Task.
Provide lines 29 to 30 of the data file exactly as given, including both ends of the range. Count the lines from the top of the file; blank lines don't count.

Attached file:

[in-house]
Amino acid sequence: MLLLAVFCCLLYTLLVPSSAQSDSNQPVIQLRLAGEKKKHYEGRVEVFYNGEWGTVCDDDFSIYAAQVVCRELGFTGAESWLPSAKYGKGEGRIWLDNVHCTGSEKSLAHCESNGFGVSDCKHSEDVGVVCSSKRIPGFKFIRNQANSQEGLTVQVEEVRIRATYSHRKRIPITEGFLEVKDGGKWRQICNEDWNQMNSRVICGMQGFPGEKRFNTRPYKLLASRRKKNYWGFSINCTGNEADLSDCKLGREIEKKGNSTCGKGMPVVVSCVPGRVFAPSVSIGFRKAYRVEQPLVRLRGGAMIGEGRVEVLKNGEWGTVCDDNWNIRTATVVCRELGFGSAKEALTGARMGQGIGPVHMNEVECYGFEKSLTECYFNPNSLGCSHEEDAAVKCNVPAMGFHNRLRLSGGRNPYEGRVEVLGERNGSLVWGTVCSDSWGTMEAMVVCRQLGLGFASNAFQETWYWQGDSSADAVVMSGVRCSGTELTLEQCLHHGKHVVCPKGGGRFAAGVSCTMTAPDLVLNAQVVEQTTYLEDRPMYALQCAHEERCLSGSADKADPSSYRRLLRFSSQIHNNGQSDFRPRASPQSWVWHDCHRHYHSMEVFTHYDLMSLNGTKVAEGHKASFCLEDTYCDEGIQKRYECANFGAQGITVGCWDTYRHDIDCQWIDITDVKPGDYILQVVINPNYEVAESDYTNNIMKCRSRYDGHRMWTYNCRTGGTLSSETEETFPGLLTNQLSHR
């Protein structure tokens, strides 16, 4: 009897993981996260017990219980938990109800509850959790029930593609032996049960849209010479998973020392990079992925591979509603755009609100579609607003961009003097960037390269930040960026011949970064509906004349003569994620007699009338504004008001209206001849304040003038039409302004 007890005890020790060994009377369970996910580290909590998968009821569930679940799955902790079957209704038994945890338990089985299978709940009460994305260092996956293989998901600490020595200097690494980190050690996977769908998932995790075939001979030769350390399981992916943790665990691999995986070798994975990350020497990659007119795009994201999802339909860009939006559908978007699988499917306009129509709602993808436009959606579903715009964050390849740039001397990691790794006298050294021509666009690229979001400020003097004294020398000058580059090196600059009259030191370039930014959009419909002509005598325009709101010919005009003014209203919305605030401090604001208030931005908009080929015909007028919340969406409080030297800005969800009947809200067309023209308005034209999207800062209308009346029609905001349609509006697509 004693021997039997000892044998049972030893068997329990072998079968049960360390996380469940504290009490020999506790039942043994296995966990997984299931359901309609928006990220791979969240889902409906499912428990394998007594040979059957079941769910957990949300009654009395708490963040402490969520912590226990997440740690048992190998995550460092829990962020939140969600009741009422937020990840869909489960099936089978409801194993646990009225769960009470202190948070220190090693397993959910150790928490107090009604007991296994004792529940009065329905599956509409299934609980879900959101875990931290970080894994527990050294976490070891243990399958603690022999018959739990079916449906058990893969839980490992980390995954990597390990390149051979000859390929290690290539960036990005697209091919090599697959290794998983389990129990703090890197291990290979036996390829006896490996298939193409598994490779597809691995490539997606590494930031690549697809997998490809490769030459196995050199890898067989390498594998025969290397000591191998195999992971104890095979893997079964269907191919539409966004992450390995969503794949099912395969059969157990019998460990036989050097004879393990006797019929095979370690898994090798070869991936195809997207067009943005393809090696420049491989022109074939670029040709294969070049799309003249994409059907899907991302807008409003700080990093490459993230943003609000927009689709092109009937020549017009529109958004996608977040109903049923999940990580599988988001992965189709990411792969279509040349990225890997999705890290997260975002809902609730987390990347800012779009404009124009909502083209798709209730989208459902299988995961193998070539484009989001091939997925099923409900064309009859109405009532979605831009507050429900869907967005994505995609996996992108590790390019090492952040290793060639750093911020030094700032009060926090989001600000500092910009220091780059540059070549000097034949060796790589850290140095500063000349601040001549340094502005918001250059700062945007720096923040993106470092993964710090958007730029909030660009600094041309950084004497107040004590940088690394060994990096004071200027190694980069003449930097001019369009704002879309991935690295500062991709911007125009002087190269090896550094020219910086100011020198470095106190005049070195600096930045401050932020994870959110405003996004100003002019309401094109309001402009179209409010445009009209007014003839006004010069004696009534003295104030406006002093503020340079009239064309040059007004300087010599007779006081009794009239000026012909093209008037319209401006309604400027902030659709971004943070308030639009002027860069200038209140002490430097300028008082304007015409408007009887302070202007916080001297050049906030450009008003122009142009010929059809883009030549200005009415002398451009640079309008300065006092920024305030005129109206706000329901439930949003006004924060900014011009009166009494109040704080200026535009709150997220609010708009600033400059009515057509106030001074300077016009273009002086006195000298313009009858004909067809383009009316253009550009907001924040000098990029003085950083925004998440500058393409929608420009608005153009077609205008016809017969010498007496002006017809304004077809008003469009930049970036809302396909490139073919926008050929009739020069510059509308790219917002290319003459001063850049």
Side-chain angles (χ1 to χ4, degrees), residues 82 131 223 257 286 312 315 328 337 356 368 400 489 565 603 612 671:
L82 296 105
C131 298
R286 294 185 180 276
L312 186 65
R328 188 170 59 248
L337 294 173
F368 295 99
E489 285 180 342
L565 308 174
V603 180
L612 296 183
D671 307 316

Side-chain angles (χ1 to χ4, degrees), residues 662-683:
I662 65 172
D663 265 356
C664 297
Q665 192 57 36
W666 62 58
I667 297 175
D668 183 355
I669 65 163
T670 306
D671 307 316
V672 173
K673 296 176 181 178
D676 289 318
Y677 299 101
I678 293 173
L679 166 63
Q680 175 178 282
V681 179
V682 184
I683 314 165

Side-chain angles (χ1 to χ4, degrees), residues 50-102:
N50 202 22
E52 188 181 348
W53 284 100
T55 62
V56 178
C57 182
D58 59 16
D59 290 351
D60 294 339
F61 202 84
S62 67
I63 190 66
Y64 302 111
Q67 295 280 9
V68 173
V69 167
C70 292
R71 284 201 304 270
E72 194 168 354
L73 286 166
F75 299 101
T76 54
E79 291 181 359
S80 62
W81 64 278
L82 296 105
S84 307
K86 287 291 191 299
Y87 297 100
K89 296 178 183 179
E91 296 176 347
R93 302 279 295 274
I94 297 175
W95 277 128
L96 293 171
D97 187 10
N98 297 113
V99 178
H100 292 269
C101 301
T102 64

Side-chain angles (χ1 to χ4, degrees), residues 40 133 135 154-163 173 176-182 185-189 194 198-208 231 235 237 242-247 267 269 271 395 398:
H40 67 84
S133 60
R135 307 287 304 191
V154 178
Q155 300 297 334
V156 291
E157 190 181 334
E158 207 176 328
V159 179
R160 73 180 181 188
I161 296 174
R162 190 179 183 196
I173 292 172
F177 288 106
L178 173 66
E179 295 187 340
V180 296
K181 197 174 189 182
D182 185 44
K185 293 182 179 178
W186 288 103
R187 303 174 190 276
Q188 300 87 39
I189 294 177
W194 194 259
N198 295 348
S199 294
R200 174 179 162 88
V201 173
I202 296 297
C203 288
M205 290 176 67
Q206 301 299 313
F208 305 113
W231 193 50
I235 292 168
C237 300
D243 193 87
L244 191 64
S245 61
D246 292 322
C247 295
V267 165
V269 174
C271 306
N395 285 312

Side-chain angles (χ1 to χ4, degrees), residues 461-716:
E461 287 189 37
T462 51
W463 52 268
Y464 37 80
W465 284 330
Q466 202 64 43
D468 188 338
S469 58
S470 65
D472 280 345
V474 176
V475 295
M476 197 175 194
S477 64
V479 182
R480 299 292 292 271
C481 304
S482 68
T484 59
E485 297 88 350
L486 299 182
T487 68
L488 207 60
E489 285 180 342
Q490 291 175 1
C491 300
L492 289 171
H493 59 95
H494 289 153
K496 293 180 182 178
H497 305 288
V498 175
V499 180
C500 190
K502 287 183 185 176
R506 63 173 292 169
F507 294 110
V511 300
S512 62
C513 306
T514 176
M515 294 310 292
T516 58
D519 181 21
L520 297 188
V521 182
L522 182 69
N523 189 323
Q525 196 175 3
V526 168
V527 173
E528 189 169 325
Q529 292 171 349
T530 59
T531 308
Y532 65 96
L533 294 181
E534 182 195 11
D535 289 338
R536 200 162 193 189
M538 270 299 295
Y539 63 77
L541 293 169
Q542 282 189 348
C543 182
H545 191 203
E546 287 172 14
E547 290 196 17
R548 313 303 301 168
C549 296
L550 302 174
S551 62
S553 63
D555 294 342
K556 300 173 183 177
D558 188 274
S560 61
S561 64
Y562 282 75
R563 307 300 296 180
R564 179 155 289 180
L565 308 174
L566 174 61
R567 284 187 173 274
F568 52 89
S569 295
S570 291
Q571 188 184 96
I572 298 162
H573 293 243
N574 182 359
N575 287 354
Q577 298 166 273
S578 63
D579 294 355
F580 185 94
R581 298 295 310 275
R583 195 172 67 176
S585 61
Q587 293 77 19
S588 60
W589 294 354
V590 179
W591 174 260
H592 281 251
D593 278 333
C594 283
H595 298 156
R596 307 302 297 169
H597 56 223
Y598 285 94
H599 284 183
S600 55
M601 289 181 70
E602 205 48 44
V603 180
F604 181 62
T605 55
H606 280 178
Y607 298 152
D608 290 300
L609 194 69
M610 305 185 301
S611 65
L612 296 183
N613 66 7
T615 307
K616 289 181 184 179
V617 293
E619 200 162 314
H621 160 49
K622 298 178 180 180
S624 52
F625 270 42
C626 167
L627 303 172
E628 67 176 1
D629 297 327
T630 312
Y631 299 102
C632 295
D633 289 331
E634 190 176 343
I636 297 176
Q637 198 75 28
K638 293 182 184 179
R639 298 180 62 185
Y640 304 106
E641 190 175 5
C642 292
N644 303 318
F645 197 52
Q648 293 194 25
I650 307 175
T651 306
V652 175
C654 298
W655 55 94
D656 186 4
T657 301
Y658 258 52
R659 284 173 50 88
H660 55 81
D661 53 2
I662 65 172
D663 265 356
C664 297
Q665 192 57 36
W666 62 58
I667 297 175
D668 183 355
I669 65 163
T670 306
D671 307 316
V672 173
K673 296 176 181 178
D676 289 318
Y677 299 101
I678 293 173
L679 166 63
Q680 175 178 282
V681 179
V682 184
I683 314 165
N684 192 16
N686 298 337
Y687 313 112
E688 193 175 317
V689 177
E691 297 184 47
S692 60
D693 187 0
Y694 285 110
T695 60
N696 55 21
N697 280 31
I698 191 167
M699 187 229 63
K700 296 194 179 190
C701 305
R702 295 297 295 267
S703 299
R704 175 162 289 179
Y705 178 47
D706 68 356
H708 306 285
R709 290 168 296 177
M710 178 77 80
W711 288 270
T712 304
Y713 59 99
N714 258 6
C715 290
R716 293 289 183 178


K673 296 176 181 178
D676 289 318